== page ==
As Dad sang the words, “Hear our prayer dear Lord…” the song transitioned to a higher key, as if to underscore the conversion from a love song to Mari, to a full dedication of our family to God Almighty. Then, as the song concludes, those simple, single piano notes that opened the work return to bring it to a soft and beautiful conclusion. As she looked at Dad, her eyes welled with tears, she was no longer Mari, as far as I was concerned. She wasn’t just my second mom, or stepmother either. She was Mom.
Long before that day, however, Mari was a young girl herself and, eventually, a mother and mom to that red-haired, freckle-faced girl that would become my sister. “My room had a double window on the front & a single one on the side,” Mari would write years later. “From the single side window, I could see the pond Daddy had someone dig & small trees & small azaleas planted in an angled row.” Of course, young Mari would notice that the row was angled. With a sense of organization and an eye for detail that would leave the most demanding drill sergeant begging for mercy, nothing escaped those eyes. “When I hear crickets chirping, birds singing, or Whipperwills (sic) calling, ‘Chip the widow’s white oak,’ I think of summer nights….sleeping with the windows open.” As the years went by, my sister would sleep in that room and, later still, Sis’ young son.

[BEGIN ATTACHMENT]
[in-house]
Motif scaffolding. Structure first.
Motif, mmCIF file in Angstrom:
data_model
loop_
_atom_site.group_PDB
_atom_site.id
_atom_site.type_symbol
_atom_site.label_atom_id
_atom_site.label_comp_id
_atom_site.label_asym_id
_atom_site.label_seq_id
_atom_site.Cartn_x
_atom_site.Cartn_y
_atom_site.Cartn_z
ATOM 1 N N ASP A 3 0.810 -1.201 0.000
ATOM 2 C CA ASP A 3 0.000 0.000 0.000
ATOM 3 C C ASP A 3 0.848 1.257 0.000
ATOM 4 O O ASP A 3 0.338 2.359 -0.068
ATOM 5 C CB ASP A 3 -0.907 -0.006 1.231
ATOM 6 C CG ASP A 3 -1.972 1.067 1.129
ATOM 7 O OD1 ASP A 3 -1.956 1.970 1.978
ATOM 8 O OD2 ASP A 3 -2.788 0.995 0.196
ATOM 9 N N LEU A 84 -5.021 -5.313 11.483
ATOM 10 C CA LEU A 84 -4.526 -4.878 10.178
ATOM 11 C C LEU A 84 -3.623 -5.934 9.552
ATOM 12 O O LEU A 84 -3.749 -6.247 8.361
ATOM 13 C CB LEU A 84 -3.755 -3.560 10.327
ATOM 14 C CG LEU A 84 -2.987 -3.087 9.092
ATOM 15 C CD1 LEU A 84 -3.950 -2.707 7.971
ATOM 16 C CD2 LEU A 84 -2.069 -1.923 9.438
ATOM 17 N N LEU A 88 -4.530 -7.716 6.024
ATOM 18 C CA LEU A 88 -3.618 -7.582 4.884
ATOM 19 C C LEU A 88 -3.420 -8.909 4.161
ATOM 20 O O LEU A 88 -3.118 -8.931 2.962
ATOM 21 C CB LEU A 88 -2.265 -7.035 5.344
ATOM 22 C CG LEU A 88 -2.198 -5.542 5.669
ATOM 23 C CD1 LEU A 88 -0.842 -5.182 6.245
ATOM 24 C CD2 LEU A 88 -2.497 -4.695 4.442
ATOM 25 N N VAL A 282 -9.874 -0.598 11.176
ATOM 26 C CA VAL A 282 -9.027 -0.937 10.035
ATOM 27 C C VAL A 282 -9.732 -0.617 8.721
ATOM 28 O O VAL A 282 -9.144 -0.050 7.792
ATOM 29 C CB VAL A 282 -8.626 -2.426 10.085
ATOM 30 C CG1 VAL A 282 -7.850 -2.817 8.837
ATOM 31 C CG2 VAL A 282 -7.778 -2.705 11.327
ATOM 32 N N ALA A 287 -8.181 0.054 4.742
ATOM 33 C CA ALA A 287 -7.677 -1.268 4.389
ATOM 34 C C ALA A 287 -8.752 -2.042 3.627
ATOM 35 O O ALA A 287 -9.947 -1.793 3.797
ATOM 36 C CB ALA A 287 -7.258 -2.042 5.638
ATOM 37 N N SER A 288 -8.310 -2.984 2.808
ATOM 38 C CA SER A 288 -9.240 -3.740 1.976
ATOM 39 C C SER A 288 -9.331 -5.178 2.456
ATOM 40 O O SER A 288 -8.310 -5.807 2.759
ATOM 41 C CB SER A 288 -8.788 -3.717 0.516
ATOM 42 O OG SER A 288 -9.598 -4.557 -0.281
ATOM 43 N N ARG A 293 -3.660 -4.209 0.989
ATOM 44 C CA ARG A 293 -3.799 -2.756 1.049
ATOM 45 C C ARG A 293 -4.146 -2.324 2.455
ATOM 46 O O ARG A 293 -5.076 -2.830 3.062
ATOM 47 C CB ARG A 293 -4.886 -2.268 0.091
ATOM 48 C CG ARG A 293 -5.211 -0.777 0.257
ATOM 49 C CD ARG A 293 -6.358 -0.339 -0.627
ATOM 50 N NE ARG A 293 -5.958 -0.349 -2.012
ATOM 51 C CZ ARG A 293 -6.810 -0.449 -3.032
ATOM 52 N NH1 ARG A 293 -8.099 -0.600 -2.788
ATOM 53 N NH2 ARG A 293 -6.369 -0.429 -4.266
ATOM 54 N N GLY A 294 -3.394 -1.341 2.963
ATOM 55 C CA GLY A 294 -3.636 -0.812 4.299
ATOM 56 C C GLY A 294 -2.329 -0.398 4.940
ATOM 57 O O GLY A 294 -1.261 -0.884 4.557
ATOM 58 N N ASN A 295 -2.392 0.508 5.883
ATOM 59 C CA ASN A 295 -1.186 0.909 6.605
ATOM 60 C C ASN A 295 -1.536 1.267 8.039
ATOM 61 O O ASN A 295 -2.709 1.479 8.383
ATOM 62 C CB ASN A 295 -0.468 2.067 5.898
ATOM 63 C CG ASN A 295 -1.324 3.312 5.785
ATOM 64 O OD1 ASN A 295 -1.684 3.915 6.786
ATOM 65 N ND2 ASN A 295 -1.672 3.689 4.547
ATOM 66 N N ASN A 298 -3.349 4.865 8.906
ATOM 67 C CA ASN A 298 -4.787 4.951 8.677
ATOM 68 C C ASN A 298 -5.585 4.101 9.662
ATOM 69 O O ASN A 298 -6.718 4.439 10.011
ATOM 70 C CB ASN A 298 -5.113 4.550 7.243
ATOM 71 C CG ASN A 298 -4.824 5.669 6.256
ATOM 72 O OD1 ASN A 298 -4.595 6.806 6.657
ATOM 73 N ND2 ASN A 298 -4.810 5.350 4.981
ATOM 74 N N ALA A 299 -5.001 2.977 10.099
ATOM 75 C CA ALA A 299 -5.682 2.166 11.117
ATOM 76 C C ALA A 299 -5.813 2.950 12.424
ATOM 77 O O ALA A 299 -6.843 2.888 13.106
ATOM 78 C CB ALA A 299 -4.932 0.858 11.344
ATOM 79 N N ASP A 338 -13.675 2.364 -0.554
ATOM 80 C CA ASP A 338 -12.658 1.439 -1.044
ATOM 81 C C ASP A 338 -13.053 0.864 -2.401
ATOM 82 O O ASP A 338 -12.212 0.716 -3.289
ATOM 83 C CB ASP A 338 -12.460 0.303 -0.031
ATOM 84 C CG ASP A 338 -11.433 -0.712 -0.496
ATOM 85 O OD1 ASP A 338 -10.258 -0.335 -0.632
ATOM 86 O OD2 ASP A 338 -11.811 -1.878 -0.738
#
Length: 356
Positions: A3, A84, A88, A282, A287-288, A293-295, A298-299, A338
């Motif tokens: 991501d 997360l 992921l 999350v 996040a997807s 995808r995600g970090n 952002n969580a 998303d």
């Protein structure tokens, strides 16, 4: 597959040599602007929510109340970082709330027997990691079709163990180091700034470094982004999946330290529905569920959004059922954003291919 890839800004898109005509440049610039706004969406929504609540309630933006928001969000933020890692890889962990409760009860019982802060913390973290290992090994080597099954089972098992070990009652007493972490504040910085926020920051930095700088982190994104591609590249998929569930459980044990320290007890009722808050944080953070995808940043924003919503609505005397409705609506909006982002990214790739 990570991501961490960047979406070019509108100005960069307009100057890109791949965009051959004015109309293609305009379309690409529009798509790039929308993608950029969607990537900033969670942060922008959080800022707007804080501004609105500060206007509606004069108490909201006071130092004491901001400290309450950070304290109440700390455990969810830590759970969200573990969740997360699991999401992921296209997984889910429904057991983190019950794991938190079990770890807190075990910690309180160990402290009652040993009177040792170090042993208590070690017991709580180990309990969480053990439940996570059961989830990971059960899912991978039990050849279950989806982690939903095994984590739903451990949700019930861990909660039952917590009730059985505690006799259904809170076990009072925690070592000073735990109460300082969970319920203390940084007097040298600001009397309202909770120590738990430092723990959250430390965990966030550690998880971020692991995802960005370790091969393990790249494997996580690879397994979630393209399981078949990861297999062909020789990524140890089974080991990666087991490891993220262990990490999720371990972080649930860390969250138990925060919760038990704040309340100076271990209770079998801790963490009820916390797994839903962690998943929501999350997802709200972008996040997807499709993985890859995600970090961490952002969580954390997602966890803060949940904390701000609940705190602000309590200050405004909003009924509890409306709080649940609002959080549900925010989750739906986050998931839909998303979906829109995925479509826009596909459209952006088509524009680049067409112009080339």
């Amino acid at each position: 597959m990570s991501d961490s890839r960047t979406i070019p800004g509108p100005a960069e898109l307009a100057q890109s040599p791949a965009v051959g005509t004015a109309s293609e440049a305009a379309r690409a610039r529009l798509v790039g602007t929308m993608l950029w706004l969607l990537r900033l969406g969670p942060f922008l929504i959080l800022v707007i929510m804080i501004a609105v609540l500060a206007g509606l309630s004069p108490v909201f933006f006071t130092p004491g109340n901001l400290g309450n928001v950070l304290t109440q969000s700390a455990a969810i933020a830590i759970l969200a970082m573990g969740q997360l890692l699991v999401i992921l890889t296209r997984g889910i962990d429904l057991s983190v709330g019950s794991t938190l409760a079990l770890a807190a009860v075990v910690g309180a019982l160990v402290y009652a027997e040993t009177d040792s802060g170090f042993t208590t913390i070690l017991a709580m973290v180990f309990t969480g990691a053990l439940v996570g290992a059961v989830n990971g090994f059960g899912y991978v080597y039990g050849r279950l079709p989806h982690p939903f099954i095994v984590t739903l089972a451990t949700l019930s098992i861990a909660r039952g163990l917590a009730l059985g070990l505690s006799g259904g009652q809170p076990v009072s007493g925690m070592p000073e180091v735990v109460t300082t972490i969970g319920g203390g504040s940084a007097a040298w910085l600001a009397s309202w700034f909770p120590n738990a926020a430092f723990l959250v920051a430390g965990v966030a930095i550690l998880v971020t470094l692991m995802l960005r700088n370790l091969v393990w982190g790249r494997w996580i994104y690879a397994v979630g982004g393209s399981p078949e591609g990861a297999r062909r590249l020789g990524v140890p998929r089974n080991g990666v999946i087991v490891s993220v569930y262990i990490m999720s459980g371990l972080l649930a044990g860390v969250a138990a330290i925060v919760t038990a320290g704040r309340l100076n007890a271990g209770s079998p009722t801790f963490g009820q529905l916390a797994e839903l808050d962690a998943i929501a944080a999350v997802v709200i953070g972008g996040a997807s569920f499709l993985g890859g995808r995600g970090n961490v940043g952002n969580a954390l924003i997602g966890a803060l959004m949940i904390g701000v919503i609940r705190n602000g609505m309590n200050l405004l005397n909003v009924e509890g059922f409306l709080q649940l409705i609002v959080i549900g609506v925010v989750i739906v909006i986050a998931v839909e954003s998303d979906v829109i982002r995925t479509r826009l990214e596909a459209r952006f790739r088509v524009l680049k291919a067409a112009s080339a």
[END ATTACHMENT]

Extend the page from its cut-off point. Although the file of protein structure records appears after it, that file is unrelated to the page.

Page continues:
By the way, have you ever seen anyone that learned to play Frisbee by catching and throwing it on one finger? I hadn’t either. But Mari could do it, for she evidently knew no other way. I had moved from Louisiana to Florida to attend college and live with Dad and Mari. Still 18 years old, I had excess energy that was best spent in the back yard with a plastic disc, as opposed to alternative methods of blowing off steam that are somewhat more destructive for a young man. Dad, Mari and I would adjourn to the back yard and, I swear, the first time I threw the Frisbee to her, she instinctively caught it on her middle finger! She wasn’t trying to flash an obscene gesture to anyone … it just, happened!! Then she twirled the thing around on the same finger and threw it right back to me! I tried to teach her more traditional methods lest she offend a neighbor,..but it was no use. She could play Frisbee and flip off the universe with more genuine happiness than anyone I’ve ever seen.